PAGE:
There is so much bad news caused by the pandemic these days—infections, deaths, depression (mental and economic)—that many of us find ourselves hunting for every little bit of good news. In a recent blog post, attorney Jeffrey Kaplan found a silver lining in all our quarantining and social distancing by suggesting that working from home might make people more ethical.
Referring to a study by economist Johannes Abeler and colleagues–finding that people, if given an opportunity to profit by cheating, were less likely to do so if they were in their own home than if they were in a laboratory–Kaplan suggested that all this working at home might increase our honesty. If it did, this would be a tiny bright spot in a sea of dismal COVID-19 news. We write this blog post to add evidence to support Kaplan’s conclusion and to provide a theory as to why honesty might well increase.
Kaplan emphasizes the well-known point that context matters, that a person might well be honest in one setting, but dishonest in another. Psychologist Adam Alter wrote an entire book summarizing scores of studies demonstrating this point, and concluded:
These studies tell us something profound and perhaps a bit disturbing about what makes us who we are: there isn’t a single version of ‘you.’ When you’re surrounded by litter, you’re more likely to be a litterbug; when you’re walking past building with broken windows, you’re more likely to disrespect the property that surrounds you. These norms change from minute to minute, as quickly as a New Yorker walks from one part of the city to another.
There are many reasons why a person might be more honest at home than at the office, and we at Ethics Unwrapped have made videos about several of them. At work, your boss might ask you to do something dishonest, and your tendency to be obedient to authority might push you to comply. Or the culture in your office might be to play fast and loose with the rules, and the conformity bias might lead you to join in the corner-cutting.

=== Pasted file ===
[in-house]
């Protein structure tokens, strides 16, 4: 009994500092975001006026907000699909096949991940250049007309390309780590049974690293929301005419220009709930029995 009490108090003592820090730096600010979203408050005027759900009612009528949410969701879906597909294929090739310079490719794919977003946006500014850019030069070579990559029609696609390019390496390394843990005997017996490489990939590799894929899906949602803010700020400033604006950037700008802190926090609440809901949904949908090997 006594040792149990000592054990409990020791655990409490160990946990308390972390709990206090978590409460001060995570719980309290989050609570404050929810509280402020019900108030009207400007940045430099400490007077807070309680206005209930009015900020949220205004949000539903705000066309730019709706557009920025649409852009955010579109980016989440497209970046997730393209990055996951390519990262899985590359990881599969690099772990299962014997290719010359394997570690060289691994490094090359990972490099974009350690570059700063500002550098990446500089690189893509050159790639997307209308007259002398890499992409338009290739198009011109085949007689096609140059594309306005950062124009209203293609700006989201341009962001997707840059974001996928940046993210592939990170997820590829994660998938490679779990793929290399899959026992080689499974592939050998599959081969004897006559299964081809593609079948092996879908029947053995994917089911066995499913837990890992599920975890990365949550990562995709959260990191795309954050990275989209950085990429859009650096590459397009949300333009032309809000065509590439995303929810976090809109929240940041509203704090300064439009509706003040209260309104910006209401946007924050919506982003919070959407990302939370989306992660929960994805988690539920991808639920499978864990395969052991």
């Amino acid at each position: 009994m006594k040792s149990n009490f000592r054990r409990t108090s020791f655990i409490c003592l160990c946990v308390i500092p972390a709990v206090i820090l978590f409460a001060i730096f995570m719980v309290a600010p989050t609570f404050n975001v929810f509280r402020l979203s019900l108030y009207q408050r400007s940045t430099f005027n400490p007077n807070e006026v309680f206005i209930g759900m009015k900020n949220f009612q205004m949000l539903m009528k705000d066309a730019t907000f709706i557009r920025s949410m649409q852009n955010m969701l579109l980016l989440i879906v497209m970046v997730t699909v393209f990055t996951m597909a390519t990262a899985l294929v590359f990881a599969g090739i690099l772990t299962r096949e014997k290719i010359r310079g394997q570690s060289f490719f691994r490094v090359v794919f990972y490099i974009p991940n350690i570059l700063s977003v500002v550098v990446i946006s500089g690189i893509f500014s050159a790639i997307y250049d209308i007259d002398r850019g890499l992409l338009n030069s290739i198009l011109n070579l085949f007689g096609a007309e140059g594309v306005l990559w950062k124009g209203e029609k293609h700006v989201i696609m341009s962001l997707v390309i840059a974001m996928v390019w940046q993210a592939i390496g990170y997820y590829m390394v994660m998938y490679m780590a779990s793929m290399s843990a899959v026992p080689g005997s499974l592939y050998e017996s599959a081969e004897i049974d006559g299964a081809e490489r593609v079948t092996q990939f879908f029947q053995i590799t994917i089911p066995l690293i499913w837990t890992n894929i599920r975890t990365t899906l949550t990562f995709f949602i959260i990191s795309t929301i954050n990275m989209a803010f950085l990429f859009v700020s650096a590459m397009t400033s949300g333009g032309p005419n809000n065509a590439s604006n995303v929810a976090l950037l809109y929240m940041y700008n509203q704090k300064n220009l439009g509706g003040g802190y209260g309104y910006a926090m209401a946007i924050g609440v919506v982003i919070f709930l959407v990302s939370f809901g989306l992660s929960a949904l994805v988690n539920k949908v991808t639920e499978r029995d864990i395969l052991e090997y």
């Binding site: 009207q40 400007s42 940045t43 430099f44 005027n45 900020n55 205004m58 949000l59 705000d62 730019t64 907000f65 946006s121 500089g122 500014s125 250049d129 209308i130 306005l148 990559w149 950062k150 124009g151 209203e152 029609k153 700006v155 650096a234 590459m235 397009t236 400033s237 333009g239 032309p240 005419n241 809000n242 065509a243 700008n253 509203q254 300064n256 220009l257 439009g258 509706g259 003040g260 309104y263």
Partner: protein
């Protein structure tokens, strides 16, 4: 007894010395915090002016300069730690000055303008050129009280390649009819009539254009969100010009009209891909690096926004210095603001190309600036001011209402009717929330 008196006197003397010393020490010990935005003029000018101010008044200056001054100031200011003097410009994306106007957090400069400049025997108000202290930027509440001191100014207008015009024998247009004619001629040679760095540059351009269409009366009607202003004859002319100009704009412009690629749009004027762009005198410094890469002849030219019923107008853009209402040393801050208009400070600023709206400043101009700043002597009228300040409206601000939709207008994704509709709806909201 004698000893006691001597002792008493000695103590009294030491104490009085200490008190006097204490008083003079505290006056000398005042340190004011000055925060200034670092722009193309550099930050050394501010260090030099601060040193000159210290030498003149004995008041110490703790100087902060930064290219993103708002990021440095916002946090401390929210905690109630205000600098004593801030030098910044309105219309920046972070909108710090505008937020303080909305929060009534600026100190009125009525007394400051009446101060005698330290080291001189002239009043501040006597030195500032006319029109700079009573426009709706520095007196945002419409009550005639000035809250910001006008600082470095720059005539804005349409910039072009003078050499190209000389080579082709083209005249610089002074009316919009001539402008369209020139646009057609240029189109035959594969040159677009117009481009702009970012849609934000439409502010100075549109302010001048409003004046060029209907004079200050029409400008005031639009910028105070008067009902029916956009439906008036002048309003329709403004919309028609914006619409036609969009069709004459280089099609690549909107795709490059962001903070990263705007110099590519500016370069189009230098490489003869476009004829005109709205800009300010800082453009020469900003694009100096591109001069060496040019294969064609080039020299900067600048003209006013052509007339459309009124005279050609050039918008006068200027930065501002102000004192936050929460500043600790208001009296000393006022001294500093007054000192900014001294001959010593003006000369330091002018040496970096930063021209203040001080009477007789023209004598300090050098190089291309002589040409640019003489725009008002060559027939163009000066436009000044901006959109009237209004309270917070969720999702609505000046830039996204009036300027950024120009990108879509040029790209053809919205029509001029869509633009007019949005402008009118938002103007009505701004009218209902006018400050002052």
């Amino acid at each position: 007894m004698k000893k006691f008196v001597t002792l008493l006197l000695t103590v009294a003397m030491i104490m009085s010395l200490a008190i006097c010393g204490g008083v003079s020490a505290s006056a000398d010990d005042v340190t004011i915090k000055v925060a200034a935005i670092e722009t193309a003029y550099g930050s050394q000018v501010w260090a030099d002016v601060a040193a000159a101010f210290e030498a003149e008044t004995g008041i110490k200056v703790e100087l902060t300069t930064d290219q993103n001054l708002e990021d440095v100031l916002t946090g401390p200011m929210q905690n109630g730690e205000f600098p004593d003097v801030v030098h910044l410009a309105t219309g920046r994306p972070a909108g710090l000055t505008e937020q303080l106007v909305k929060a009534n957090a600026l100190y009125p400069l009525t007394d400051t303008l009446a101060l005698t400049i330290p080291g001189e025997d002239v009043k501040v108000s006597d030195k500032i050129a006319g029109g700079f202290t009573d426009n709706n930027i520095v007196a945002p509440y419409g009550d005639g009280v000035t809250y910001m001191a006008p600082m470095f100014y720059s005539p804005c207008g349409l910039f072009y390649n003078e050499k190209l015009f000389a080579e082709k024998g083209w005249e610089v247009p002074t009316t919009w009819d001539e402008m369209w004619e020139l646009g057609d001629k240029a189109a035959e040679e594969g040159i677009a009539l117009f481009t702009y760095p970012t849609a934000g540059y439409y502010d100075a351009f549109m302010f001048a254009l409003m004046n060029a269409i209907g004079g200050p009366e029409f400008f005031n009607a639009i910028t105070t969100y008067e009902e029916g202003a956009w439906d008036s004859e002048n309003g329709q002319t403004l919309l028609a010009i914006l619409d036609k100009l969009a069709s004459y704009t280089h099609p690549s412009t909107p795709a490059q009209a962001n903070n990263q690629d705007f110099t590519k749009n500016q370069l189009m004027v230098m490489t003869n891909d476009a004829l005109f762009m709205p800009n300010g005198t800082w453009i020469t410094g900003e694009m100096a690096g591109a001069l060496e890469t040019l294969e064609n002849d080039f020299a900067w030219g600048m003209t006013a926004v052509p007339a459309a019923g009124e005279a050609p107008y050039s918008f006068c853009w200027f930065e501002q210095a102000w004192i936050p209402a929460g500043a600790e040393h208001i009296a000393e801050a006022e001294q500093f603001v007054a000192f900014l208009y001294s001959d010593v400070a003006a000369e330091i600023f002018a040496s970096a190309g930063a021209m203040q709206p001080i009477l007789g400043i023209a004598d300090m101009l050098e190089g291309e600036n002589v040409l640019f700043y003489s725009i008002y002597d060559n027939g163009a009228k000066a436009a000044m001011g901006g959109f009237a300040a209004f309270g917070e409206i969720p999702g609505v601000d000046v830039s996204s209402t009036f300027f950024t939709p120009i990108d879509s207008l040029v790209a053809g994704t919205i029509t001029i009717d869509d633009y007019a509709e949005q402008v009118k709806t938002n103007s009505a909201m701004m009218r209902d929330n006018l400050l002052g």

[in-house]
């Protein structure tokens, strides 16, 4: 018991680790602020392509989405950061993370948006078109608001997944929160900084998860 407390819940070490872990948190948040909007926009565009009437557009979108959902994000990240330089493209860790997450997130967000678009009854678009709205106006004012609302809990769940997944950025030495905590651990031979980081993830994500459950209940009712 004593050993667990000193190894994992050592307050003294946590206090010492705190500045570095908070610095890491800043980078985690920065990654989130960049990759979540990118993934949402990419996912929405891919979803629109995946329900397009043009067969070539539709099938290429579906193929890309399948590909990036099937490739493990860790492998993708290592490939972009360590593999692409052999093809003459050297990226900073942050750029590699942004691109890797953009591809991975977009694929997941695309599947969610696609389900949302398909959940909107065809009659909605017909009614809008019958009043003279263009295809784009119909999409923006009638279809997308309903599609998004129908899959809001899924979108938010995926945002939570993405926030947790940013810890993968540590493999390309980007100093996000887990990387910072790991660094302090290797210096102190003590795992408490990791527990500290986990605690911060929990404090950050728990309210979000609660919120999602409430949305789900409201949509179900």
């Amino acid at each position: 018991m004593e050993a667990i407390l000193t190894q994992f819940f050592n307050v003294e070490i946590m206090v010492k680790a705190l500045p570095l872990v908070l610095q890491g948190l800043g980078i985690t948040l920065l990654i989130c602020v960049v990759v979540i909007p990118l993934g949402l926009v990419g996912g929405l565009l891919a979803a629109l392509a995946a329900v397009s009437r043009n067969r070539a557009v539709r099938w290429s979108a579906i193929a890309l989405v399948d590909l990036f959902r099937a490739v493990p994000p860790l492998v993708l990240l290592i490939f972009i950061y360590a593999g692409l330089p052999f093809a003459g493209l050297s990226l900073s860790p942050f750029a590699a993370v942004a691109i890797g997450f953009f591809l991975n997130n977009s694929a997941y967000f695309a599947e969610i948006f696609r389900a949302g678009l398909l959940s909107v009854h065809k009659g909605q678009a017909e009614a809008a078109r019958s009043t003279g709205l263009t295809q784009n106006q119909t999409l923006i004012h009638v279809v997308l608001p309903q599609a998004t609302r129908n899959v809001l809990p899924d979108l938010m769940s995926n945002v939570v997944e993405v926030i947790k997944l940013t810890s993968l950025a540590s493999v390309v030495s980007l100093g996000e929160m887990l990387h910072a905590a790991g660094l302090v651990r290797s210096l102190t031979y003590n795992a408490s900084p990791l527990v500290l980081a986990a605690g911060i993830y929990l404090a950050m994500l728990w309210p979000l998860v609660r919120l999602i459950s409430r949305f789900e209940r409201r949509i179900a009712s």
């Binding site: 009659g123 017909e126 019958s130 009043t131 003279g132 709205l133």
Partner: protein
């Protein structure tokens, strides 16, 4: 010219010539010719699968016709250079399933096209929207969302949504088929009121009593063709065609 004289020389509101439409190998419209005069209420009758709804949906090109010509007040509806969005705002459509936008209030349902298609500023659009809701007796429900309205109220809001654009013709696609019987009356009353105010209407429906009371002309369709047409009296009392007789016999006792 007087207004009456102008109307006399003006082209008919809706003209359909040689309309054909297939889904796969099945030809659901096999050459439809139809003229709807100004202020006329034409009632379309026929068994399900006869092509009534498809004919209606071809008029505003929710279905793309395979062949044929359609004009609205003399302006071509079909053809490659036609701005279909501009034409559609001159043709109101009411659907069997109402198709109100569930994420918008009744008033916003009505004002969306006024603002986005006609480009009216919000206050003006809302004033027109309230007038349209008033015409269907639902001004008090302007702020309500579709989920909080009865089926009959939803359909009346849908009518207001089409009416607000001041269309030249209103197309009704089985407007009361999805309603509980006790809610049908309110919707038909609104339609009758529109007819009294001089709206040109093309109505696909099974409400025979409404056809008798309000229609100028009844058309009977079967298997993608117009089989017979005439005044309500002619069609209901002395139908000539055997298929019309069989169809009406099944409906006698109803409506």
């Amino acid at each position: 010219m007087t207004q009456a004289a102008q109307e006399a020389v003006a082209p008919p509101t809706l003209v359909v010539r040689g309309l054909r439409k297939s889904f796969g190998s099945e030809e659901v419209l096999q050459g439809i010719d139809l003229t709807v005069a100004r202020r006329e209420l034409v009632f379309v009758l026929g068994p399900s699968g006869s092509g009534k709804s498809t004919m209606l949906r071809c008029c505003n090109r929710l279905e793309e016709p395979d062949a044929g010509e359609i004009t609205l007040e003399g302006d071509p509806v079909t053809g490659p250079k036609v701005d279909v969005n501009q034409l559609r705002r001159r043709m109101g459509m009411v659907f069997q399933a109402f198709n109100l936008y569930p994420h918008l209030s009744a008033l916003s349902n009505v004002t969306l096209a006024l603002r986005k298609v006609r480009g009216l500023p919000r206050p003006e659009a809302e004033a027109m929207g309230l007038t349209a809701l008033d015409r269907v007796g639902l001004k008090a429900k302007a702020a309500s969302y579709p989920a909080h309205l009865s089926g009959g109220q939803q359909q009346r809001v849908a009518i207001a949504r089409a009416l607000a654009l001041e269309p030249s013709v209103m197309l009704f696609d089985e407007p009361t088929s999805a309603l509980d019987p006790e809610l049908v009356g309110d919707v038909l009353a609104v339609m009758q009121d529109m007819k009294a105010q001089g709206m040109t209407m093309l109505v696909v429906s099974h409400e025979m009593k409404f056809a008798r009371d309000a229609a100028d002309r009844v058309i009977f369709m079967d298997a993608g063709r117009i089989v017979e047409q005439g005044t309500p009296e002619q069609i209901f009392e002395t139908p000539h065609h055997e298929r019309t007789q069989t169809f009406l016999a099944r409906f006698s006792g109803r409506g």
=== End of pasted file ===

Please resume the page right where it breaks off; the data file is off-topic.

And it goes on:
But we want to focus on role morality, the idea that we all play different roles as we go through life. Sixteen hours a day, we might simultaneously be parents, children, siblings, neighbors, citizens, church-goers, community volunteers, and the like, but eight hours a day we might focus on being loyal workers for our employer. While we should have a personal moral compass that we carry with us at all times, evidence shows that sometimes, due to obedience to authority, the conformity bias, and other pressures, we sometimes leave our personal moral compass in our pocket when we are at work and apply that of the boss or our firm’s corporate culture.
Sociologist Robert Jackall embedded himself in a large corporation for more than a year in order to study its culture and practices. He reported that one executive said: “What is right in the corporation is not what is right in a man’s home or in his church. What is right in the corporation is what the guy above you wants from you. That’s what morality is in the corporation.”
Psychologist Keith Leavitt has made the same point: “When people switch hats, they often switch moral compasses. People like to think they are inherently moral creatures – you either have character or you don’t. But our studies show that the same person may make a completely different decision based on what hat they may be wearing at the time, often without even realizing it.”
People often engage in wrongdoing when playing roles such as loyal employee, aggressive sales representative, successful securities trader, or profit-producing manager. After interviewing a number of C-suite executives who had gone to jail for financial crimes, Suh and colleagues reported: “Executives’ identification with their organizational role, the desire to be successful or to help the company succeed, and even pride served to induce the executives to engage in accounting fraud in order to meet corporate financial targets.”